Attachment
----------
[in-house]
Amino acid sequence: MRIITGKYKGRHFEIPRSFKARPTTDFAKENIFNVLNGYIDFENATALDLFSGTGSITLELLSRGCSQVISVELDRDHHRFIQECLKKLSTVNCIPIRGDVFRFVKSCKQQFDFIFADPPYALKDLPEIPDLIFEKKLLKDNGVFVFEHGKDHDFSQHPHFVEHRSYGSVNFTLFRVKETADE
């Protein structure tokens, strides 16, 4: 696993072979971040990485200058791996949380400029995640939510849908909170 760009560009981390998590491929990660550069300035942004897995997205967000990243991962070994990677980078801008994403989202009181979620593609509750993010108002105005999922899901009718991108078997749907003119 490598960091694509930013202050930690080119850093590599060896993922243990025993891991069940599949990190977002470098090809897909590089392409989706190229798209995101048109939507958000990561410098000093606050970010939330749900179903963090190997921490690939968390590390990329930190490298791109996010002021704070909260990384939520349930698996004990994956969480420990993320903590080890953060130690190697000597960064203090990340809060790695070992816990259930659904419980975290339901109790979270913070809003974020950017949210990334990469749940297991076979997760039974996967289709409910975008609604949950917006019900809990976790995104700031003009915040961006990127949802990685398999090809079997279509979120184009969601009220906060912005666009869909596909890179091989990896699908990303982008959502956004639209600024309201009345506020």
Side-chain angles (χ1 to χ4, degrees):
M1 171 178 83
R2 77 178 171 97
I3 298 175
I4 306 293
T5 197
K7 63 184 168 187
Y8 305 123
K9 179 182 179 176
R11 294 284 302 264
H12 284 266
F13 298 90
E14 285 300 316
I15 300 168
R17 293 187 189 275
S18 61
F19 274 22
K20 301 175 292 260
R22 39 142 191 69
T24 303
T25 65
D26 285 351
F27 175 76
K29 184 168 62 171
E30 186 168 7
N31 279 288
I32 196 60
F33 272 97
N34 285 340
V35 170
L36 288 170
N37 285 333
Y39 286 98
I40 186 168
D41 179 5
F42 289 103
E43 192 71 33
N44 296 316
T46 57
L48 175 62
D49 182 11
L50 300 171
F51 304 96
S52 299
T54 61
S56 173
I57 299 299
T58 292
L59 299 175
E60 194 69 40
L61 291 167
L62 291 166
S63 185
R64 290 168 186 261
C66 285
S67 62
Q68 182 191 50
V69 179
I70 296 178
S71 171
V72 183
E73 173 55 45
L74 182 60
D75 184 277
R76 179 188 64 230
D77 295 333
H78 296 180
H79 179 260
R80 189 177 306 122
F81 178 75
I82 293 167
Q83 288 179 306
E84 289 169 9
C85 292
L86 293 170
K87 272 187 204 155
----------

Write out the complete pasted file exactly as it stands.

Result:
[in-house]
Amino acid sequence: MRIITGKYKGRHFEIPRSFKARPTTDFAKENIFNVLNGYIDFENATALDLFSGTGSITLELLSRGCSQVISVELDRDHHRFIQECLKKLSTVNCIPIRGDVFRFVKSCKQQFDFIFADPPYALKDLPEIPDLIFEKKLLKDNGVFVFEHGKDHDFSQHPHFVEHRSYGSVNFTLFRVKETADE
């Protein structure tokens, strides 16, 4: 696993072979971040990485200058791996949380400029995640939510849908909170 760009560009981390998590491929990660550069300035942004897995997205967000990243991962070994990677980078801008994403989202009181979620593609509750993010108002105005999922899901009718991108078997749907003119 490598960091694509930013202050930690080119850093590599060896993922243990025993891991069940599949990190977002470098090809897909590089392409989706190229798209995101048109939507958000990561410098000093606050970010939330749900179903963090190997921490690939968390590390990329930190490298791109996010002021704070909260990384939520349930698996004990994956969480420990993320903590080890953060130690190697000597960064203090990340809060790695070992816990259930659904419980975290339901109790979270913070809003974020950017949210990334990469749940297991076979997760039974996967289709409910975008609604949950917006019900809990976790995104700031003009915040961006990127949802990685398999090809079997279509979120184009969601009220906060912005666009869909596909890179091989990896699908990303982008959502956004639209600024309201009345506020």
Side-chain angles (χ1 to χ4, degrees):
M1 171 178 83
R2 77 178 171 97
I3 298 175
I4 306 293
T5 197
K7 63 184 168 187
Y8 305 123
K9 179 182 179 176
R11 294 284 302 264
H12 284 266
F13 298 90
E14 285 300 316
I15 300 168
R17 293 187 189 275
S18 61
F19 274 22
K20 301 175 292 260
R22 39 142 191 69
T24 303
T25 65
D26 285 351
F27 175 76
K29 184 168 62 171
E30 186 168 7
N31 279 288
I32 196 60
F33 272 97
N34 285 340
V35 170
L36 288 170
N37 285 333
Y39 286 98
I40 186 168
D41 179 5
F42 289 103
E43 192 71 33
N44 296 316
T46 57
L48 175 62
D49 182 11
L50 300 171
F51 304 96
S52 299
T54 61
S56 173
I57 299 299
T58 292
L59 299 175
E60 194 69 40
L61 291 167
L62 291 166
S63 185
R64 290 168 186 261
C66 285
S67 62
Q68 182 191 50
V69 179
I70 296 178
S71 171
V72 183
E73 173 55 45
L74 182 60
D75 184 277
R76 179 188 64 230
D77 295 333
H78 296 180
H79 179 260
R80 189 177 306 122
F81 178 75
I82 293 167
Q83 288 179 306
E84 289 169 9
C85 292
L86 293 170
K87 272 187 204 155